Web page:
This text mixes Chisholm as a disseminator of others ideas, with his own theories of knowledge and perception, his defence of Cartesian dualism, foundationalism, his adverbial theory of sensory experience, and his immanent agent causation as a solution to the problem of personal freedom.
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Chisholm, in his eighties now and retired from his professorship at Brown University, is a philosopher's philosopher. In true Socratic tradition, he has always been more interested in refutations of his philosophical positions than in insisting that his thought is the last word on a problem. In that spirit, the format of this series gives him the ideal arena to engage in a dialog with leading exponents and opponents of his thought. The format calls for an intellectual autobiography, then expository and critical essays?in this case 30?with each followed by a response from Chisholm. The major areas of Chisholm's thought are engaged; the essays evaluate his work on intentionality, epistemology, ontology, and ethics. His rejoinder to each provides the reader with his latest thinking. As with most of the titles in this series, this is a necessary purchase for academic philosophy collections.?Leon H. Brody, U.S. Office of Personnel Mgt. Lib., Washington, D.C.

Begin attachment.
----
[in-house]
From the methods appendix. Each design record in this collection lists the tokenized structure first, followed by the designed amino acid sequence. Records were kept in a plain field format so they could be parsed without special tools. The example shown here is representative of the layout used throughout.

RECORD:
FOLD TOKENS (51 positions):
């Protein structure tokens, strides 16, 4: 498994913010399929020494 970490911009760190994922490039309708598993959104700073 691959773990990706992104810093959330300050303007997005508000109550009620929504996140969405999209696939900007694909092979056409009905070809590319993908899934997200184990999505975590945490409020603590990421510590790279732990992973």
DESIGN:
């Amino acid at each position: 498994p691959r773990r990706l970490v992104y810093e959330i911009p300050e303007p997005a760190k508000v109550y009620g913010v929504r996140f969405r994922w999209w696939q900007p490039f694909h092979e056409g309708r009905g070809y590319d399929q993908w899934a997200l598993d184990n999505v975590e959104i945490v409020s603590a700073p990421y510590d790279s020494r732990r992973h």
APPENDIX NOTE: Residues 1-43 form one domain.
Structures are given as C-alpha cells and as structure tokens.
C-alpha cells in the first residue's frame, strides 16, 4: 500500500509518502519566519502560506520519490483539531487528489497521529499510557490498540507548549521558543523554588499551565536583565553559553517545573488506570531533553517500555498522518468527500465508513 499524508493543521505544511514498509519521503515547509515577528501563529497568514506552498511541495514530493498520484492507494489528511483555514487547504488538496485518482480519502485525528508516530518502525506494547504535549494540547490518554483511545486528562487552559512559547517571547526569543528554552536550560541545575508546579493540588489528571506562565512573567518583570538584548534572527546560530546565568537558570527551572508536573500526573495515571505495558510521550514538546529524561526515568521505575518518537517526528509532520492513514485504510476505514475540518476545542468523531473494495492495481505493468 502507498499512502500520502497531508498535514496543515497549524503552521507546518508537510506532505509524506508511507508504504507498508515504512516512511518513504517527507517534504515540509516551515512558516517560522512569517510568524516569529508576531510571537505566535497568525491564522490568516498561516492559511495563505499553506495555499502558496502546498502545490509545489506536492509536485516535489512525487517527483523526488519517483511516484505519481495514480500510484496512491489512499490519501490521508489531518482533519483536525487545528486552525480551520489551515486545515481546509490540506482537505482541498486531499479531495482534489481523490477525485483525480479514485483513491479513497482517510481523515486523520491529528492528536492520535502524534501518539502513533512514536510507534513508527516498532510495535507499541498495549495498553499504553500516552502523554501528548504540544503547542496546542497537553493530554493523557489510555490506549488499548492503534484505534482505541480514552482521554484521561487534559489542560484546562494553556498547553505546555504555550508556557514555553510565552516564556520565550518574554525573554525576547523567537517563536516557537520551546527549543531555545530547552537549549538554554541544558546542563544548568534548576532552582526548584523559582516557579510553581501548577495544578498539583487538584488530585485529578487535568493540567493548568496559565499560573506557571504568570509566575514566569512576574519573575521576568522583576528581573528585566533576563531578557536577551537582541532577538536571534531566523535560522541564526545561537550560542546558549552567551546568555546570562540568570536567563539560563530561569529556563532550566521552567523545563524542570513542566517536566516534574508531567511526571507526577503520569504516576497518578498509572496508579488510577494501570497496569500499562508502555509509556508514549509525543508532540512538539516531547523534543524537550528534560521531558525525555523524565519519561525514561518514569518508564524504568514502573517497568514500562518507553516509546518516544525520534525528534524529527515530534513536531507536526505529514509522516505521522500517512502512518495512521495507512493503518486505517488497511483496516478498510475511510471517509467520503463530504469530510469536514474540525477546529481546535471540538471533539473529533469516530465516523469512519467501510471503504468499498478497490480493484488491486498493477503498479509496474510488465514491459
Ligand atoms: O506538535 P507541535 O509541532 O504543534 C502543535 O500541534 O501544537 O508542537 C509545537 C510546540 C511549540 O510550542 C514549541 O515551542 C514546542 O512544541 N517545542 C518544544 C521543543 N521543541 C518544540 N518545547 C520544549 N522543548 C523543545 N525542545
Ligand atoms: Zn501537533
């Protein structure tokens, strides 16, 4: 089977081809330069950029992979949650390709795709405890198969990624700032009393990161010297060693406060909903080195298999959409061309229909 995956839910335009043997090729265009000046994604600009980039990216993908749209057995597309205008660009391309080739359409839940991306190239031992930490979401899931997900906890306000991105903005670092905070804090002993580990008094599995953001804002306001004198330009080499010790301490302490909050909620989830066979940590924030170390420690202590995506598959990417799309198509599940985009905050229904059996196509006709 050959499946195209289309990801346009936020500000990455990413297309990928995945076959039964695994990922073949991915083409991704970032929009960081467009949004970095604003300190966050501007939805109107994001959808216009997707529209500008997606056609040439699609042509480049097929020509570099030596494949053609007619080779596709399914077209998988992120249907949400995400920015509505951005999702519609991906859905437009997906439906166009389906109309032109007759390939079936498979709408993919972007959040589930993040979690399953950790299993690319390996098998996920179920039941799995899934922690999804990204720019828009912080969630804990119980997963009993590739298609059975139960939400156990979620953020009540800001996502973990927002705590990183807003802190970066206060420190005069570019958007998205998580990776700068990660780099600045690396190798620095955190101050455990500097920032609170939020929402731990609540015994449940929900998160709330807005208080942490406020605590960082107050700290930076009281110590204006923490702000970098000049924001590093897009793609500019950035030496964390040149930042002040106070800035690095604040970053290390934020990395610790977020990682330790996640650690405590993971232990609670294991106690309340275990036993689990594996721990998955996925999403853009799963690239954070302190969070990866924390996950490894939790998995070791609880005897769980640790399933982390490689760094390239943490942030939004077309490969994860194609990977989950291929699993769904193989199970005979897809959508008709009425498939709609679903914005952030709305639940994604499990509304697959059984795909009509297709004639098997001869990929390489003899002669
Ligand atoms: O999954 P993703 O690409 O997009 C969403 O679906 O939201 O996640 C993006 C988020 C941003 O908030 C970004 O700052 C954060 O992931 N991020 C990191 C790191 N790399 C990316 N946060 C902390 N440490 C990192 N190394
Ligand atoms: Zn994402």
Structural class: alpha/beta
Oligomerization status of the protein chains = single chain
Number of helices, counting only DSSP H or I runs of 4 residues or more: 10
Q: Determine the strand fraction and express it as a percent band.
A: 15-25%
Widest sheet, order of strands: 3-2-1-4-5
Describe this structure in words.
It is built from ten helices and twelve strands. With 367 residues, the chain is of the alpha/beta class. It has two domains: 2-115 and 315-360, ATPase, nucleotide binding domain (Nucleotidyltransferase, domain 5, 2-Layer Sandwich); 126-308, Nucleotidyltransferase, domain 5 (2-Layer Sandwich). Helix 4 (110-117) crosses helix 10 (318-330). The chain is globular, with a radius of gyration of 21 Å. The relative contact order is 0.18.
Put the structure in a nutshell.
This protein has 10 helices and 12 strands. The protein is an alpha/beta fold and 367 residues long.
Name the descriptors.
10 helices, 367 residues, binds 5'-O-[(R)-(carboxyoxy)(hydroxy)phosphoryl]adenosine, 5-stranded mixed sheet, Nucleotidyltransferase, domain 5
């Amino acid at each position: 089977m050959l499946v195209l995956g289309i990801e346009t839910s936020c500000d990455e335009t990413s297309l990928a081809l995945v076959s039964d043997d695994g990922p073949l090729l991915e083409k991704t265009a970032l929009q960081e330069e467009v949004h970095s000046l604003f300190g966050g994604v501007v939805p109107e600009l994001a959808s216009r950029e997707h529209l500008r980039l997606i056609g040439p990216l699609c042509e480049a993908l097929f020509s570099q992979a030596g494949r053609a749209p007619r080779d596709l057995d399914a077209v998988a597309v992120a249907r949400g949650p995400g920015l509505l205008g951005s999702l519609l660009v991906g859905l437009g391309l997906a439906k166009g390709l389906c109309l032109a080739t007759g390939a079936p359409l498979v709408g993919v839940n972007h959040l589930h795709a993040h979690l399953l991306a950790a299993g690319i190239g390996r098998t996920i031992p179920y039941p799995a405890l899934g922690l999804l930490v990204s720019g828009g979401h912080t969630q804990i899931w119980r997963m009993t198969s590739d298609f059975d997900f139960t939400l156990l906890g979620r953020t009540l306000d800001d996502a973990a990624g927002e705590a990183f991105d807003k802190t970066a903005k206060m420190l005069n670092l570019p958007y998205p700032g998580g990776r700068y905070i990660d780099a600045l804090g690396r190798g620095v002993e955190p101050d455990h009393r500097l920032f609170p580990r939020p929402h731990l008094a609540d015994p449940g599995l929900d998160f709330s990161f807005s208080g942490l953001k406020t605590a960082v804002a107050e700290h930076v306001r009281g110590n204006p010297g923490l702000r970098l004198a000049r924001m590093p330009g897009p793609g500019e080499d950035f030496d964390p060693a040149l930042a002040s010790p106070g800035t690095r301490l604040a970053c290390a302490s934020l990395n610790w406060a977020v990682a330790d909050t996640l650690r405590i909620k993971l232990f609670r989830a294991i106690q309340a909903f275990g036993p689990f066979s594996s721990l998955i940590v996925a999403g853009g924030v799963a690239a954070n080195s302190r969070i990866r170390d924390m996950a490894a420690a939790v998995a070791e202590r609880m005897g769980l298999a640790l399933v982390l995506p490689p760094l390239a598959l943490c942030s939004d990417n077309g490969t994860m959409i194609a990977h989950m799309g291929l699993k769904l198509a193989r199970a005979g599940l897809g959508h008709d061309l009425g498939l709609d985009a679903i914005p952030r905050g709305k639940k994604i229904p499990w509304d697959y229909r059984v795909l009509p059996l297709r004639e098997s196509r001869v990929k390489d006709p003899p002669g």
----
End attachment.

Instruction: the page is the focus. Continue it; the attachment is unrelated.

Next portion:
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Book Description Open Court, 1999. Hardcover. Book Condition: New. Never used!. Bookseller Inventory # P110812693566